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Kayla Winter Perry, a dancer who dreamed of perhaps becoming an FBI agent, died after a car crash on her way to school Tuesday. She was 17.

Born in Columbia and raised in Owings Mills, Ms. Perry was set to graduate from George Washington Carver Center for Arts and Technology in Towson this spring. She had recently toured a dozen historically black colleges and universities and was considering her options for next year, said her father, Terry Felix Jr.

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She was someone who made friends easily, always laughing with those around her, her friends and family said.

“She was just a lovable person,” said her cousin, Angel Braxton, 19. “Just about anybody that met her could enjoy her company and just be drawn to her.”

Ms. Perry was also loyal, always defending those she was close to and putting them ahead of herself, said another cousin, Destiny Georgia, 19.

“She was just the sweetest person ever,” said her sister, Telia Manning, 19. “She had the craziest laugh.”

Ms. Perry started dancing as a student at Deer Park Middle Magnet School in Randallstown, and she danced with Baltimore DanceTech and Studio A Dance Studio before joining the dance team at Carver, her father said. She danced many different styles over the years, but was recently most focused on ballet, said Ms. Georgia.

Mr. Felix said his daughter loved to shop and get her nails and hair done with her mother, Shantae Mitchell-Dow, and her sisters, Ms. Manning and Skyla Felix, 9. He recalled Ms. Perry once helped him shop for shoes, but ended up picking out a pair for herself. He was happy to buy them for her.

Her Instagram account showed her penchant for fashion. Her most recent post to more than 3,000 followers, shared Sept. 3, shows her posing in a stairwell at school, with a long red ponytail, big gold hoops in her ears and wearing a black tank top, navy skirt and black-and-white checkered Vans sneakers. In others, always with a different hairstyle, she wore ripped jeans, crop tops and red checkered Vans.

She participated in fashion shows at Carver, learning to strut in heels from Ms. Manning.

“She always wanted to look good,” Mr. Felix said.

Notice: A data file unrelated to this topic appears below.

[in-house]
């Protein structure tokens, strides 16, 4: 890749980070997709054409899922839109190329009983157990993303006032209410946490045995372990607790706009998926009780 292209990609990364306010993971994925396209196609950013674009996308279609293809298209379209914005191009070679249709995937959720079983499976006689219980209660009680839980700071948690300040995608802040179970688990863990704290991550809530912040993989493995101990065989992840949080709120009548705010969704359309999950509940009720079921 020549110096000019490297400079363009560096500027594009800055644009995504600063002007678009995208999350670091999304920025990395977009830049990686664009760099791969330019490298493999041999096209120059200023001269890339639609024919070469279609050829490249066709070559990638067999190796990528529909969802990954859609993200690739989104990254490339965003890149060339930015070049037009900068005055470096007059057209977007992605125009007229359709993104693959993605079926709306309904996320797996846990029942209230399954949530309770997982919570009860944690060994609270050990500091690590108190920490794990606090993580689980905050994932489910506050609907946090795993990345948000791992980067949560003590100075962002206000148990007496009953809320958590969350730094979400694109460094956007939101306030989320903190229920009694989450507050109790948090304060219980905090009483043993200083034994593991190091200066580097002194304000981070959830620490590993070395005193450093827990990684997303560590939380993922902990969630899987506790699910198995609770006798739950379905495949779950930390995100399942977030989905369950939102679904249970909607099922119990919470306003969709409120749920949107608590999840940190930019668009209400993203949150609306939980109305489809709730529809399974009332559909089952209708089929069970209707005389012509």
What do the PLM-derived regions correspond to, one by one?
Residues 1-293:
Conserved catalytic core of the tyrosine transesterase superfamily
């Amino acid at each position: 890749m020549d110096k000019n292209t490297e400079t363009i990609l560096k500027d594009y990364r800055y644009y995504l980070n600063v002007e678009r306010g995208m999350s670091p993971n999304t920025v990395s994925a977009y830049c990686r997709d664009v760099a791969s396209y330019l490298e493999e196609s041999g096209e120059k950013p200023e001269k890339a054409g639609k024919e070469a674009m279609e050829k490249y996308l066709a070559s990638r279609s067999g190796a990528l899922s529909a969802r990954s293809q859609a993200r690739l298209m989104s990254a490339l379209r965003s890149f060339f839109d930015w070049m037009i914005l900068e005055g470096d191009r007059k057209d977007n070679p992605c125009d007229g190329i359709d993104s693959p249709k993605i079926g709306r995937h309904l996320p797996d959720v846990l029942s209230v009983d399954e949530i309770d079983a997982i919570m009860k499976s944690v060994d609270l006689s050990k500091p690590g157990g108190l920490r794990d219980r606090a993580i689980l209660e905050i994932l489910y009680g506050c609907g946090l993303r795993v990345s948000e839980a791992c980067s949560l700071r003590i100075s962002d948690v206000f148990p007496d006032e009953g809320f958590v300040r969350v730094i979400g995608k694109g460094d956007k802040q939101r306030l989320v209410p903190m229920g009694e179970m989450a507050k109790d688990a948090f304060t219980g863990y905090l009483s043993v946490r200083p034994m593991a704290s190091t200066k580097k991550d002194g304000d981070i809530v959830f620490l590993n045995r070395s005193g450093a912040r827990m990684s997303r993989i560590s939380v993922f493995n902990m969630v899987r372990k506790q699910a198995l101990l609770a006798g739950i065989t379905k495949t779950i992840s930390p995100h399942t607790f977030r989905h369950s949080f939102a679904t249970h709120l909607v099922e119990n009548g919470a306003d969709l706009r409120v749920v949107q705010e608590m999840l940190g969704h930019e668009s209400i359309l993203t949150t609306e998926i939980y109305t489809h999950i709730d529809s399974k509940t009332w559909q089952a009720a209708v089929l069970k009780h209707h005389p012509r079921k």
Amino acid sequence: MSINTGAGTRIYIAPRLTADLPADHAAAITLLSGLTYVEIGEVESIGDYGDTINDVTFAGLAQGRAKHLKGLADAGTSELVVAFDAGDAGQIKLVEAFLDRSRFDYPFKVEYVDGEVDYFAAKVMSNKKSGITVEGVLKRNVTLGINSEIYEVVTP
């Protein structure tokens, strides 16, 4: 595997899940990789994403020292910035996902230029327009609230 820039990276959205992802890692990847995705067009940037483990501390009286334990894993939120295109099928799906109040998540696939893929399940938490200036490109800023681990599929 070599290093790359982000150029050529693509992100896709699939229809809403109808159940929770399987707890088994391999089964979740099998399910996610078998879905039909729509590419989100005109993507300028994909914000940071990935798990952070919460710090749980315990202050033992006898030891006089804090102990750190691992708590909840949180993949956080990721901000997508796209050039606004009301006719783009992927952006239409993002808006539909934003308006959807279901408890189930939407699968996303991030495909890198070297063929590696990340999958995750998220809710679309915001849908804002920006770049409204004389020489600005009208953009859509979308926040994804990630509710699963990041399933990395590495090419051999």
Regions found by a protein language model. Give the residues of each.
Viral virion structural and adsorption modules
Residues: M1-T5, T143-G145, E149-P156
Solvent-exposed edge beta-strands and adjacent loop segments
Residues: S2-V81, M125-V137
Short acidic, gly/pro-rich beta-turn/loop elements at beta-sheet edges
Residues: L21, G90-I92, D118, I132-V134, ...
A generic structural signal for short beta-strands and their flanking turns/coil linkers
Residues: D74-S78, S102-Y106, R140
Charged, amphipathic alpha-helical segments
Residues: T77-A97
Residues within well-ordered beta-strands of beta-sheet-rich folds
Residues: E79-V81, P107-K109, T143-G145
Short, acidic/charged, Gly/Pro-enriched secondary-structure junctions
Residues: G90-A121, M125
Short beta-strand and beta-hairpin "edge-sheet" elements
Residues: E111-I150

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Friends described her as the life of the party, and her father recalled noticing that a dry-erase calendar she kept in her room was filled with party after party this summer. She and friend Kaiya Vickers, born a week apart, had been planning a party to celebrate their birthdays together — Ms. Perry would have turned 18 next month.

“Kayla was one of a kind. She was a very fun free spirit,” said Ms. Vickers, who became best friends with Ms. Perry as freshmen at New Town High School, before Ms. Perry transferred to Carver.

“We did everything together — laugh, cry, scream, anything you could think of,” Ms. Vickers said. “Whatever we did, we did it 10 times hard. We lived in the moment.”

Most of the time, Ms. Perry liked doing what most teens do, Ms. Vickers said — riding around with her friends, going to Chick-fil-A, watching movies.

“I feel like she’s watched every movie and show on Netflix,” Ms. Vickers said.

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It was from crime shows on Netflix that she got the inspiration to explore a career with the FBI, Ms. Georgia said. But she also talked of pursuing professional dance and traveling the world, Ms. Georgia said, or studying physical therapy, Mr. Felix said.

A celebration of Ms. Perry’s life will be held at 10 a.m. Saturday at the Carver Center, 938 York Road in Towson. A GoFundMe page raising money for the service had raised about $4,800 of a $5,000 goal as of Sunday afternoon.

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